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Uncover the Temple of Karnak in the Shifting Sands of Luxor

Published by Jason Hussong, Writer

Country: Egypt

The Experience

Perhaps overshadowed by the mainstream popularity of the Great Pyramids of Egypt, a visit to the vast Karnak Temple in Luxor brings you deep into the abode of the Gods. Known as Ipet-isut (the most selected of places), this conglomeration of ruined temples and chapels pays homage to the Theben triad of Gods: Amun, Mut and Khonsu. At 447 miles (721 km) downstream along the Nile River lies the Temple of Karnak, believed to be the second most visited site in Egypt. It’s easy to see why immediately as the temple imposes a grand and stately first impression. The massive open-air complex is filled with huge statues, sphinxes, temples, pylons and impressive hieroglyphics that are sure to wow. For a country that already has such an extensive collection of archaeological sites and artifacts—this is certainly saying something.

Sitting on almost 70 acres, the Temple of Karnak is split into four different parts. Three of the areas are closed to the public while excavation and restoration work still continues; but the precinct of Amun-Re remains open. Thankfully, the highlight of the complex—the 50,000 square foot (5,000 m²) Hypostyle Hall—lies within this area. It is here where, on 134 enormous columns, scenes can be found describing the battles and accomplishments of Seti I and his son Ramesses II. Many of the hieroglyphs on the 3 meter diameter columns, some of which are 21 meters tall, even retain their original colouring.

Construction began on the Karnak Temple complex in the 18th Dynasty under the Pharaoh Amenhotep III. Over 2,000 years, approximately 30 pharaohs contributed to its design to make it the wonder it is today. The true work, though, as would be expected for the time period, was done by the estimated 80,000 labourers, guards, priests and servants over several generations. Its enormity can be hard to comprehend, if you imagine that some 2,000 sphinx statues once lined a 3 km long avenue between the Temple of Karnak and the nearby Luxor Temple; or that some of the beams on top of the columns in the Hypostyle Hall weigh an estimated 70 tons. It’s so gargantuan that that it must be experienced in person to truly appreciate the ancient craftsmanship.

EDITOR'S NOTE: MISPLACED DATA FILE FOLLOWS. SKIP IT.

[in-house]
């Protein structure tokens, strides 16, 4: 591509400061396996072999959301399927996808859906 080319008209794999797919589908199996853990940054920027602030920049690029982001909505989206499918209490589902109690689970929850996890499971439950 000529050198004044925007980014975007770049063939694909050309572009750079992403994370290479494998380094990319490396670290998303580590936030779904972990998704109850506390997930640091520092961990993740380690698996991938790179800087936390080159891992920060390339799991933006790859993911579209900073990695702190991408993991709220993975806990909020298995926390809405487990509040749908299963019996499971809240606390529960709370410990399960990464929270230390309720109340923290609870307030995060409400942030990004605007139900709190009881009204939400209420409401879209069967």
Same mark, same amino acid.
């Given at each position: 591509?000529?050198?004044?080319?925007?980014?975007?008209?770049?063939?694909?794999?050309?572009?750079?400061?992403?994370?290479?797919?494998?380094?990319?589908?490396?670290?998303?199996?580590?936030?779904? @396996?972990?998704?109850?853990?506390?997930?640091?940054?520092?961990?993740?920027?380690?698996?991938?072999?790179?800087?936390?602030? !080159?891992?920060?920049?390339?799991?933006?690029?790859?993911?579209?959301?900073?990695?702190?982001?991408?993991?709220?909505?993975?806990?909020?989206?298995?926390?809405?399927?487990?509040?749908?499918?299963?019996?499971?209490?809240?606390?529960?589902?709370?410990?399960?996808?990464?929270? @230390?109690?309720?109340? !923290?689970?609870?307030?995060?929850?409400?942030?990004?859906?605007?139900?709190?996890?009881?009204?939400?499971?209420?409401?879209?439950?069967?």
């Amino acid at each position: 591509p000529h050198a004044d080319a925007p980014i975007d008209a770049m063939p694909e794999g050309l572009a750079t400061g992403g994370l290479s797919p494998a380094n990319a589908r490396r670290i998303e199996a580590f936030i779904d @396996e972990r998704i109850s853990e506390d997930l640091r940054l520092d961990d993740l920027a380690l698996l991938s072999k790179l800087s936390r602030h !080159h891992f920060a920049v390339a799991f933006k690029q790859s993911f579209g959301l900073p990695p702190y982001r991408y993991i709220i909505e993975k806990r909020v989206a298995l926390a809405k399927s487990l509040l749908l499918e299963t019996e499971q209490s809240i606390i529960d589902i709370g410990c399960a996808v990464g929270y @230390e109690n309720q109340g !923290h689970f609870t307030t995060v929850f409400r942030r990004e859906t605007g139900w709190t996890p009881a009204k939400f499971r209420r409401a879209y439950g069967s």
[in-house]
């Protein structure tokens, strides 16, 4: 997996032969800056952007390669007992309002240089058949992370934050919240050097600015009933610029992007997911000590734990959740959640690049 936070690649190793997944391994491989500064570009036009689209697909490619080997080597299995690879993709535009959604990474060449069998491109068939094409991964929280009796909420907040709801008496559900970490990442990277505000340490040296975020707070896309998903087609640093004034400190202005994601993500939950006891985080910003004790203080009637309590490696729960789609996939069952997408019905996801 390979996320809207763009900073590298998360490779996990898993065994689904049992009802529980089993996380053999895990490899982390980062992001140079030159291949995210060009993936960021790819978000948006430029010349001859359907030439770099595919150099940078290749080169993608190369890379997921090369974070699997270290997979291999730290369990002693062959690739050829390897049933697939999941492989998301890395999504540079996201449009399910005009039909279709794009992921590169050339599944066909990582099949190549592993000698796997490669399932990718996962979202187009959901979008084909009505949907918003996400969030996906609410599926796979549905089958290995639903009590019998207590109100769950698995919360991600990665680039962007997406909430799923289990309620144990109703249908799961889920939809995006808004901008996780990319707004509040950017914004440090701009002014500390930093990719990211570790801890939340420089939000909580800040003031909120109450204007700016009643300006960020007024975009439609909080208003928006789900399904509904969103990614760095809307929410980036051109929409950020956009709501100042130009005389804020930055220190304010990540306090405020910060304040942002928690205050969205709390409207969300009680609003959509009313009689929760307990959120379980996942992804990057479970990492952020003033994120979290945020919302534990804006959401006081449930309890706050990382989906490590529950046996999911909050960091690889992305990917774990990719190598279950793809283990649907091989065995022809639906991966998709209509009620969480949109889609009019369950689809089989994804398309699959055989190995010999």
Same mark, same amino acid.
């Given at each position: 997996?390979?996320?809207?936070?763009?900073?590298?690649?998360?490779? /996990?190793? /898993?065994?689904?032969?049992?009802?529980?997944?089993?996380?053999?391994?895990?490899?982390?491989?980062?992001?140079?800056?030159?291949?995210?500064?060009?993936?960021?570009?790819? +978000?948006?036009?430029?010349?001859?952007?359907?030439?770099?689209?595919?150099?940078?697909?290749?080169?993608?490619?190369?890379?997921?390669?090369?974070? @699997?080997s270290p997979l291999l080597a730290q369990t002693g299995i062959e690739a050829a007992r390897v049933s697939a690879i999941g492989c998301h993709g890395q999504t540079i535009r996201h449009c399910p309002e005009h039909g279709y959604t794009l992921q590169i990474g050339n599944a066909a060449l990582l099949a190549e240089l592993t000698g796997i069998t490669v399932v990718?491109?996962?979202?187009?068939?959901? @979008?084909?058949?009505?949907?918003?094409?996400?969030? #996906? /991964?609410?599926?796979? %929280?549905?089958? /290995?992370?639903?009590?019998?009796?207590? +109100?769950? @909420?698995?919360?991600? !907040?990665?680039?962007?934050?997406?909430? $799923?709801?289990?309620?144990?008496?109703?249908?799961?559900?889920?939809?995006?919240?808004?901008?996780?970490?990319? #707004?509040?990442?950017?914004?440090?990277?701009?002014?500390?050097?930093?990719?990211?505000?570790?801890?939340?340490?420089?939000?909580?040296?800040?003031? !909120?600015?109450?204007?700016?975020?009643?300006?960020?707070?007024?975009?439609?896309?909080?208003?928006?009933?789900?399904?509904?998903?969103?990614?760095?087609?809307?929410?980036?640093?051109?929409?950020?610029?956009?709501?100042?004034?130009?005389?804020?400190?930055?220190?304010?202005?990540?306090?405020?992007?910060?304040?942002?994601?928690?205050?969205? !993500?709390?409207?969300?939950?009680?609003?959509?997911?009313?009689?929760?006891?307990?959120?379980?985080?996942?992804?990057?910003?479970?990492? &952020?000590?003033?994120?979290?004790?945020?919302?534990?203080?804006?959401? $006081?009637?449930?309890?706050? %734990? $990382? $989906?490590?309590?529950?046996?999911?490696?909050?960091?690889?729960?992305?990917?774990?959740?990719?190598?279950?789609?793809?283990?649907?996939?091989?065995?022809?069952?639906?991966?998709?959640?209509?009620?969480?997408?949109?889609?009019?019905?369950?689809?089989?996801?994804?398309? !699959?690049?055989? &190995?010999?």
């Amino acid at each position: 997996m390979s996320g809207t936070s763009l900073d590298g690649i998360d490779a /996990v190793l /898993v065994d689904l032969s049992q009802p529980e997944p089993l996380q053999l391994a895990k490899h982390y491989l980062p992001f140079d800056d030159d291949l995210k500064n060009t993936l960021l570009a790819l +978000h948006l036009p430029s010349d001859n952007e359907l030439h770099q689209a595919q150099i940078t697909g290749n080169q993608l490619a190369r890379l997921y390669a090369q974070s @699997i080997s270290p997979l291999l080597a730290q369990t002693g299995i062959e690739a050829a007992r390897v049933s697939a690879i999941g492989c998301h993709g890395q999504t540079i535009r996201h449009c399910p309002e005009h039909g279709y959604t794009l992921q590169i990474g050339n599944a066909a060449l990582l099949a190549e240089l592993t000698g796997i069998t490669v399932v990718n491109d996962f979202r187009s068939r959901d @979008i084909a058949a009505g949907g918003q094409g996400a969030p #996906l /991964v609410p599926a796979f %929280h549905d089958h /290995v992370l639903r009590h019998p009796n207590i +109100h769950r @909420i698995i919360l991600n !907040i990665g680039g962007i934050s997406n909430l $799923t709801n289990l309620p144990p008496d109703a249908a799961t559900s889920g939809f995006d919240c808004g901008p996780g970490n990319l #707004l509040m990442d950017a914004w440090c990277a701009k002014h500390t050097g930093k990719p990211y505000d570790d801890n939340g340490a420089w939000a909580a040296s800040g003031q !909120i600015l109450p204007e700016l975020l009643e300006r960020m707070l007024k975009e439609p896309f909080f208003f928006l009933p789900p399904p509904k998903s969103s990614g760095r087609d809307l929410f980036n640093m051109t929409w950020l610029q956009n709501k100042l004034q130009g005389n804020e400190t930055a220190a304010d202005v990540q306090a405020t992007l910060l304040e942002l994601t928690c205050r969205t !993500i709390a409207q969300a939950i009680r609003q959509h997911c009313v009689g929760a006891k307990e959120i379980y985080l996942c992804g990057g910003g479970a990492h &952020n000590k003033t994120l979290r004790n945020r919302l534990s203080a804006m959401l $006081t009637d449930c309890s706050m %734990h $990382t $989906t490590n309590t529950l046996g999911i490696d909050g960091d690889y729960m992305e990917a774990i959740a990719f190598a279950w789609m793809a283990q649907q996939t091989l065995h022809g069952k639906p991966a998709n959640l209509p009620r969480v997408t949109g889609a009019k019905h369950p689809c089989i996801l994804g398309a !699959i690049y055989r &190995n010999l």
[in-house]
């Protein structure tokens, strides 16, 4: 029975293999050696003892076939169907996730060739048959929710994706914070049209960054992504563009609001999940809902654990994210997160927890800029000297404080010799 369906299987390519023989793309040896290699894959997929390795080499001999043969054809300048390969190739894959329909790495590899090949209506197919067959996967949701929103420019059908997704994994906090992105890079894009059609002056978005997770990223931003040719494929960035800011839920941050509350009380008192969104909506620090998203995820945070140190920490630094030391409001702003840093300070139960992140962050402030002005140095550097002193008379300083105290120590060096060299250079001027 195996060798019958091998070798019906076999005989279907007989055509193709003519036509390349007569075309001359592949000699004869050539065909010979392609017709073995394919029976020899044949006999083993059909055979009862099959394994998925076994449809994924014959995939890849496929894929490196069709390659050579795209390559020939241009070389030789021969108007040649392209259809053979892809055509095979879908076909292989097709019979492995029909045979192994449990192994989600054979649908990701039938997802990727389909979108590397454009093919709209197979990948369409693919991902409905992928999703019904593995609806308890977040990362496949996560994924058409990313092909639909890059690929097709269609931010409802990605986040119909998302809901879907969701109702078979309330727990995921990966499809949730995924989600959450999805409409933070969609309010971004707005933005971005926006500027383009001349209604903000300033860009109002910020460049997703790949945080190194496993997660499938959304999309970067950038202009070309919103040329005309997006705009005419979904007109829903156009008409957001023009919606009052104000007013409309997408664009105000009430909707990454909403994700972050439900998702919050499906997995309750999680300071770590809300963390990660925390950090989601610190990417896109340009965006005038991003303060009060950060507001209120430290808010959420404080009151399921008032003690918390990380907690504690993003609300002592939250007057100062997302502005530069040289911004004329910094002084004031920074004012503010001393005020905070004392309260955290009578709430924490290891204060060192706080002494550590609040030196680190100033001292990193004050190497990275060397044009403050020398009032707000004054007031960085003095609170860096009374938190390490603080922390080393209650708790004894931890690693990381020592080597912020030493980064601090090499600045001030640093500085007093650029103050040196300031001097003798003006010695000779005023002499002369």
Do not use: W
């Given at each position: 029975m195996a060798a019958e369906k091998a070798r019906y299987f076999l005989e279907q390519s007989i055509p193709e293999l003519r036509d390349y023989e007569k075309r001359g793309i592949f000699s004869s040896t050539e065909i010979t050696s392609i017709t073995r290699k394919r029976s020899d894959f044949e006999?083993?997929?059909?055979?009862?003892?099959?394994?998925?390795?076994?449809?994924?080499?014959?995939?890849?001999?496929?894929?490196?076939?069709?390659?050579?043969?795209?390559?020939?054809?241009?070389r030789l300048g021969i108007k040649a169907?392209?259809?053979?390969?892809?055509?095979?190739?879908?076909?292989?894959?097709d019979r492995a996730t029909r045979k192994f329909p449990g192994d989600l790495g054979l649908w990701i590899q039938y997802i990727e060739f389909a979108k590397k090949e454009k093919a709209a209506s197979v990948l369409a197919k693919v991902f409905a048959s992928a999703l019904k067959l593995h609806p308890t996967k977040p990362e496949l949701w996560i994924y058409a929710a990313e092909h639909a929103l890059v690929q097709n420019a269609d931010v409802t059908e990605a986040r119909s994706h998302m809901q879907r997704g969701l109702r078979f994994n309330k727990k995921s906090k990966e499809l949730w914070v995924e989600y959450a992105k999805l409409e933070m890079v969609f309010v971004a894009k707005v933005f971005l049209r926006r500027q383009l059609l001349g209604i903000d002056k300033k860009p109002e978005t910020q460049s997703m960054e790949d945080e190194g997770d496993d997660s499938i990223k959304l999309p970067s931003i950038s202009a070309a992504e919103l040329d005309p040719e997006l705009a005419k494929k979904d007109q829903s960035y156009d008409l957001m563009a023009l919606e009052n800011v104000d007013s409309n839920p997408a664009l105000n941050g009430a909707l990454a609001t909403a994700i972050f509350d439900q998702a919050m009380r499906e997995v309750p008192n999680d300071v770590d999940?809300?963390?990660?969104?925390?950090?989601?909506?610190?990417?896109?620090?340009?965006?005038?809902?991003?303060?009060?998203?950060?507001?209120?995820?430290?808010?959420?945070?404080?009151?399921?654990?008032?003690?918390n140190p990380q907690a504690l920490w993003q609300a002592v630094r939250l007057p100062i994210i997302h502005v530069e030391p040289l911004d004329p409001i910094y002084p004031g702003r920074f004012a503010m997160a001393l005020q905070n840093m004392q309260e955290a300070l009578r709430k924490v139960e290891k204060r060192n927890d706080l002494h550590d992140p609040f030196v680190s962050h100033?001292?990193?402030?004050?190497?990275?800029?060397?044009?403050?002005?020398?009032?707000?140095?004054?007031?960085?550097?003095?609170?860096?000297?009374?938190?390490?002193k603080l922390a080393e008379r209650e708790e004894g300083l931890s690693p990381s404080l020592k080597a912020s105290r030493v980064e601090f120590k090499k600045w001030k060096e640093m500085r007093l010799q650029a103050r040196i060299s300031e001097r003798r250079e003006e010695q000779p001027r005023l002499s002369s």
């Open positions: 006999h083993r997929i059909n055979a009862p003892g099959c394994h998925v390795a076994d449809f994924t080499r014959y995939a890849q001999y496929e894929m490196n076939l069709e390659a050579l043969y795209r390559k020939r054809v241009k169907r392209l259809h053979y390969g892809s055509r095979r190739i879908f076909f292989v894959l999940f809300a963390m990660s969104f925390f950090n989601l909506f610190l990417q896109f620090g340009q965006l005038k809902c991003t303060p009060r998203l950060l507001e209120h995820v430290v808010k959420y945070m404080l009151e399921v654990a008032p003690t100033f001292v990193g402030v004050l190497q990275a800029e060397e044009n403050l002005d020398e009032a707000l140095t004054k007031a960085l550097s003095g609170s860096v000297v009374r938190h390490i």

Over time, Karnak was abandoned and forgotten to the sand. It wasn’t until the rediscovery in the mid-19th century, buried in the desert for over 1,000 years, that the Temple of Karnak began to be appreciated in the modern era. In the excavation, remains of Christian churches were found in the ruins. These churches were supposedly built after Constantine the Great converted to Christianity and ordered the closing of pagan temples throughout the empire in 356 A.D. While some of this behaviour may be explained as period vandalism, it is worth a look as it does add to the historical nature of the Temple.




When to Go to Karnak Temple

To avoid the heavy summer heat in Egypt, a trip to Karnak Temple is best planned for the winter months. This is also high tourist season, so prices will be at a premium. If you have a higher threshold for exceptionally hot temperatures, the months that shoulder summer (June through August) might be a good bet.

It's best to plan a full day for a Karnak Temple experience, although it can be combined with Luxor Temple. At night there is a light show at different times and in various languages explaining the history of Egypt and the complex. Try to catch it as it's a great experience.

Odds n' Ends

Look for the large scarab beetle on the pedestal on the Karnak grounds, which reportedly adds a bit of "luck" to your experience. The scarab or dung beetle of Ancient Egypt was identified with Khepri, the god of the rising sun, and also different funerary practices. At the Karnack Temple it is said that wishes will be granted if you walk around it counter clockwise seven times.

Take note too of the statues. It is believed that the statues depicted with their arms crossed resemble burial and the afterlife, while the ones depicted with left foot forward show how the pharaohs wanted to lead with their heart.

Finally, make sure to have plenty of small bills easily accessible in your pockets for baksheesh, or tips. Many Egyptians work off tips by showing tourists different things at such sites, like the Karnak Temple. It's considered socially unacceptable and rude if you don't tip them for their efforts.

Carpe Diem! Book to do this experience now!

Start your day with a visit to the Temples of Karnak. Walk along the Avenue of Sphinx to enter the complex as your guide explains ...
Starting from $45.00 per person.


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